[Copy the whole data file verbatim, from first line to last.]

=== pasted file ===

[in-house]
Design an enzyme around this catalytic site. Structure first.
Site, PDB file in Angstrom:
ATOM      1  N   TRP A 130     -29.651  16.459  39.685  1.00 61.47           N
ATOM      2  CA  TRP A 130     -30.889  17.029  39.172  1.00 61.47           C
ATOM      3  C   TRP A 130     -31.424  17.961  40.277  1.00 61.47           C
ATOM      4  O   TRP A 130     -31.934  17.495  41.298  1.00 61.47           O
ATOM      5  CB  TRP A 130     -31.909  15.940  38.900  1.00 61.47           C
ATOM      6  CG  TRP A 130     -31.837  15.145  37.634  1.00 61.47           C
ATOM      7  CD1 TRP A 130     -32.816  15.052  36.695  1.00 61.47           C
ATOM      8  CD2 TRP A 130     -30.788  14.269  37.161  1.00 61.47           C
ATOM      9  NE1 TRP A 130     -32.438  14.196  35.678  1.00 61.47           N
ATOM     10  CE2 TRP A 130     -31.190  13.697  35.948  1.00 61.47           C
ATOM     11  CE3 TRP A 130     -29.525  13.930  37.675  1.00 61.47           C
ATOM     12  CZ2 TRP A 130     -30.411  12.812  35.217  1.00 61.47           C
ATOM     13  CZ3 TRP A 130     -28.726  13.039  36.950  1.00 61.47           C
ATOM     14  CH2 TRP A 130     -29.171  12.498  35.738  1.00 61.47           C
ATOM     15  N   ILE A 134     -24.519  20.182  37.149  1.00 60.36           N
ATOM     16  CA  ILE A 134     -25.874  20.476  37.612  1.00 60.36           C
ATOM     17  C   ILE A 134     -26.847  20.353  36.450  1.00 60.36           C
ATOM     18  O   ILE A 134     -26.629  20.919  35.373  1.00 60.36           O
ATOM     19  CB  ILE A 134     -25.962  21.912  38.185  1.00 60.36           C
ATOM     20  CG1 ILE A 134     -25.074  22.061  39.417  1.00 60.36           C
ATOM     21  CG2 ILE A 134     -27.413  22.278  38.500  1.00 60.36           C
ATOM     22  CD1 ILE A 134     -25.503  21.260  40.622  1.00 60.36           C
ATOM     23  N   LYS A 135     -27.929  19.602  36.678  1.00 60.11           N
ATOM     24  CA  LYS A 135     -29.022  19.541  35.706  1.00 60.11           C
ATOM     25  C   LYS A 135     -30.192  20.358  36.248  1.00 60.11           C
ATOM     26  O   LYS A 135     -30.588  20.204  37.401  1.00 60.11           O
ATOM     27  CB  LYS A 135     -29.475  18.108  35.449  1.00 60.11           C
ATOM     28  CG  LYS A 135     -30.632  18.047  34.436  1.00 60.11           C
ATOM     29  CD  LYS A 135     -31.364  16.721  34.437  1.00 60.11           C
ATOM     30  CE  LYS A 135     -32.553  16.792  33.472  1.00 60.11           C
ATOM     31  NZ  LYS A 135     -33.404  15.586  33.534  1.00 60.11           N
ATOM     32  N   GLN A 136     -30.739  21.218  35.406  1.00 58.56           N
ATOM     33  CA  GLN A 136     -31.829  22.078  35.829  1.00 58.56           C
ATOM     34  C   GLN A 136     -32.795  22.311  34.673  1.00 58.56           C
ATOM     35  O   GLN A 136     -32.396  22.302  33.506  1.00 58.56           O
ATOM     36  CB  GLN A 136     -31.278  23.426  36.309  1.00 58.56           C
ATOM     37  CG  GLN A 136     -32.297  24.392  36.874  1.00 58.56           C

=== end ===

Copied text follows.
[in-house]
Design an enzyme around this catalytic site. Structure first.
Site, PDB file in Angstrom:
ATOM      1  N   TRP A 130     -29.651  16.459  39.685  1.00 61.47           N
ATOM      2  CA  TRP A 130     -30.889  17.029  39.172  1.00 61.47           C
ATOM      3  C   TRP A 130     -31.424  17.961  40.277  1.00 61.47           C
ATOM      4  O   TRP A 130     -31.934  17.495  41.298  1.00 61.47           O
ATOM      5  CB  TRP A 130     -31.909  15.940  38.900  1.00 61.47           C
ATOM      6  CG  TRP A 130     -31.837  15.145  37.634  1.00 61.47           C
ATOM      7  CD1 TRP A 130     -32.816  15.052  36.695  1.00 61.47           C
ATOM      8  CD2 TRP A 130     -30.788  14.269  37.161  1.00 61.47           C
ATOM      9  NE1 TRP A 130     -32.438  14.196  35.678  1.00 61.47           N
ATOM     10  CE2 TRP A 130     -31.190  13.697  35.948  1.00 61.47           C
ATOM     11  CE3 TRP A 130     -29.525  13.930  37.675  1.00 61.47           C
ATOM     12  CZ2 TRP A 130     -30.411  12.812  35.217  1.00 61.47           C
ATOM     13  CZ3 TRP A 130     -28.726  13.039  36.950  1.00 61.47           C
ATOM     14  CH2 TRP A 130     -29.171  12.498  35.738  1.00 61.47           C
ATOM     15  N   ILE A 134     -24.519  20.182  37.149  1.00 60.36           N
ATOM     16  CA  ILE A 134     -25.874  20.476  37.612  1.00 60.36           C
ATOM     17  C   ILE A 134     -26.847  20.353  36.450  1.00 60.36           C
ATOM     18  O   ILE A 134     -26.629  20.919  35.373  1.00 60.36           O
ATOM     19  CB  ILE A 134     -25.962  21.912  38.185  1.00 60.36           C
ATOM     20  CG1 ILE A 134     -25.074  22.061  39.417  1.00 60.36           C
ATOM     21  CG2 ILE A 134     -27.413  22.278  38.500  1.00 60.36           C
ATOM     22  CD1 ILE A 134     -25.503  21.260  40.622  1.00 60.36           C
ATOM     23  N   LYS A 135     -27.929  19.602  36.678  1.00 60.11           N
ATOM     24  CA  LYS A 135     -29.022  19.541  35.706  1.00 60.11           C
ATOM     25  C   LYS A 135     -30.192  20.358  36.248  1.00 60.11           C
ATOM     26  O   LYS A 135     -30.588  20.204  37.401  1.00 60.11           O
ATOM     27  CB  LYS A 135     -29.475  18.108  35.449  1.00 60.11           C
ATOM     28  CG  LYS A 135     -30.632  18.047  34.436  1.00 60.11           C
ATOM     29  CD  LYS A 135     -31.364  16.721  34.437  1.00 60.11           C
ATOM     30  CE  LYS A 135     -32.553  16.792  33.472  1.00 60.11           C
ATOM     31  NZ  LYS A 135     -33.404  15.586  33.534  1.00 60.11           N
ATOM     32  N   GLN A 136     -30.739  21.218  35.406  1.00 58.56           N
ATOM     33  CA  GLN A 136     -31.829  22.078  35.829  1.00 58.56           C
ATOM     34  C   GLN A 136     -32.795  22.311  34.673  1.00 58.56           C
ATOM     35  O   GLN A 136     -32.396  22.302  33.506  1.00 58.56           O
ATOM     36  CB  GLN A 136     -31.278  23.426  36.309  1.00 58.56           C
ATOM     37  CG  GLN A 136     -32.297  24.392  36.874  1.00 58.56           C